Cranside Kitchen


THAT’S pure amazing, a girl at a picnic table two along suddenly shouts, momentarily distracting me from a forensic examination of the weird lattice of squirty stripes atop my domed chicken cha han.

I look up to see whether this outburst is prompted by her fish-bowl sized cocktail, those halloumi fries, or the single ray of sunshine that has just tumbled through the late afternoon drizzle to flop exhausted upon us lunatics, outside, on fake grass, under dripping beach umbrellas.

But considering that a) it’s still hailstoning in May b) it was monsooning too this afternoon and c) it's definitely bloody freezing yet just about everyone is dressed like we’re in Marbella I can only confirm one definite Covid survivor is the first rule of Glasgow: the weather never matters.

Oh, it’s mayonnaise by the way. The stuff on top of my Japanese fried rice. Hmm, I think Googling to check whether this a thing or a sign the chef’s on drugs. Crikey, it’s a thing.

I’ve now crunched a crisply coated chicken karaage, eaten a pair of very clean and pleasant Italian arancini and am dangling a slice of tuna sashima in Mr Creosote fashion when that cheery Italian guy with the top knot, on passing my table, wheels towards me with first an eyebrow, then palms, raised.

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Nothing to drink, he exclaims, looking down as though I’m at immediate risk of expiring in the, er, heat. I’ll get asked this a lot this afternoon, understandably, given what everyone else is doing.

I’m fine, I say, not wanting to reveal that having sat down, pointed my camera at a QR code, gone through the many menus, tickety-tick, entered my name, address, phone number, in an app, then rolled my location to Table 43 and paid online – I forgot to order a drink.

And I’m not going through all that again for a Diet Coke.

Saying this, and the creepy, prying nature of all these apps aside, they bring a slick, new ordering system into restaurants allowing food from Japan, okay Clydeside, China, yes still Clydeside, Italy, ditto, Thailand, uh-huh, to all be brought to my table like magic. Though how much do they take from the restaurant's profitability?

No actual cash will ever change hands this afternoon which will certainly please the Chancellor. Even the tip’s done online, though as that’s paid before anyone’s actually done any work I can't see how it will encourage generosity.

I can now exclusively reveal anyway why there’s a fried button, which I somehow ticked, beside the online bao bun section. It turns out that means the buns are fried too. Is this a Glasgow variant?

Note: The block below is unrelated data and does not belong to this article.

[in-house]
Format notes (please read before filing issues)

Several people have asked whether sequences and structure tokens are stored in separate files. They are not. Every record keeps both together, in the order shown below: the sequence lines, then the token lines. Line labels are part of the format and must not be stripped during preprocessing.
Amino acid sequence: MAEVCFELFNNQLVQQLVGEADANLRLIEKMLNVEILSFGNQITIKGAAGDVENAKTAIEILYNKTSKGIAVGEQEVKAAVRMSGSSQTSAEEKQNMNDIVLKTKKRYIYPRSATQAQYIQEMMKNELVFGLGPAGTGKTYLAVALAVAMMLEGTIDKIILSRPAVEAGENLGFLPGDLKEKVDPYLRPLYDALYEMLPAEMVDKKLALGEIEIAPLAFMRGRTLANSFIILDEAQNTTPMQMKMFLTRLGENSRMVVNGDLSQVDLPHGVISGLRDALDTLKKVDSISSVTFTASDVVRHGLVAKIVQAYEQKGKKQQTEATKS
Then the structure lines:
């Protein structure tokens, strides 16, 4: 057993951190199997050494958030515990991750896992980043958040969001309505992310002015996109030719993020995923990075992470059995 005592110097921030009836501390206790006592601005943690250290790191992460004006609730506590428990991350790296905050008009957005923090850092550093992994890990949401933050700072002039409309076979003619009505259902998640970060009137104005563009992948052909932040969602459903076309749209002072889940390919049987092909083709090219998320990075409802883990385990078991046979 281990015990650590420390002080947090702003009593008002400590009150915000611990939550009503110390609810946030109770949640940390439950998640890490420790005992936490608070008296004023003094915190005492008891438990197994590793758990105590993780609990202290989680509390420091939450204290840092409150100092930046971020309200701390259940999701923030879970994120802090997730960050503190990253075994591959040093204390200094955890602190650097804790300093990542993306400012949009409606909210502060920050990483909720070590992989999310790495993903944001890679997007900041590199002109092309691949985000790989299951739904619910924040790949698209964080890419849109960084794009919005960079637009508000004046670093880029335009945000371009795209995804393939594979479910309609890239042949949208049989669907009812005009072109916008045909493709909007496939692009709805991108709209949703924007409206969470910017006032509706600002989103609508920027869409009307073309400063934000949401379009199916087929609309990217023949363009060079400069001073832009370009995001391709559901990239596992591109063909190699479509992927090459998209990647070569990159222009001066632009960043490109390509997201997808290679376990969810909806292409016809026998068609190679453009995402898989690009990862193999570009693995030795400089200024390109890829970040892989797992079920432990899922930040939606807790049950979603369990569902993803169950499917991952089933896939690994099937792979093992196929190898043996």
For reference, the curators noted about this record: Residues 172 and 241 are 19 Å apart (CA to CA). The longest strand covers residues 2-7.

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Cue more Googling as I munch and crunch through chicken katsu and pumpkin katsu buns, mayo oozing, not actually very oily, sweet, very samey tasting, whilst wondering how long it will be before these hit the chip shops.

A full-on ooh-yah flavoured som tum carrot salad – a slurpily seductive blend of chilli, palm sugar lime, fish sauce and crunchy peanut is next. Google fact: this was once claimed to be the world’s best salad. No, not this actual one, but you get the picture.

Only the charred hispi cabbage to try now and it too has a textured topping, crisp fried onion, covering a glug of dressing and a very tiny patch where the grill has seared it. The chef obviously lifted this the minute the cabbage shouted ooh-yah when it should have stayed there until it took on enough char flavour to separate it from its boiled cousins. That aside, it’s pleasant.

Dessert? I would have to log back in. And that ain’t happening.

Oh, that chicken cha han? Very cleanly cooked, looked like short grain rice, freshly made too. Mayo aside, though, it was very much lacking seasoning and flavour for me.

Now, I count seven different restaurants offering food at these outside tables this afternoon, though that can change, so think food court. Separate chef for every cuisine? No idea. Is the food special? Hey, it’s clearly popular.

Cranside Kitchen

28 Tunnel Street


Menu: Many menus from sushi, to Italian to Japanese to Greek. They’ll say exciting pop-ups, I’ll say outdoor Covid-beating food court, but no complaints on choice. 3/5

Service: Everything is done through an app whilst sitting at your table which is super-Covid-safe and pretty slick, backed up by cheery staff bringing and taking away plates. 4/5

Atmosphere: Hey, outside in the drizzle, and cold, on fake grass, in Glasgow should be a complete disaster but somehow the place was buzzing with life. 4/5

Price: Considering app developers take a significant slice of every struggling restaurant’s profits, I’m surprised this is so reasonable with dishes from under a fiver up to £9. 4/5

Food: Loads of choice, plenty of customers. Everything was competently put together, cleanly prepared and professionally presented if not pushing any taste envelopes. 5/10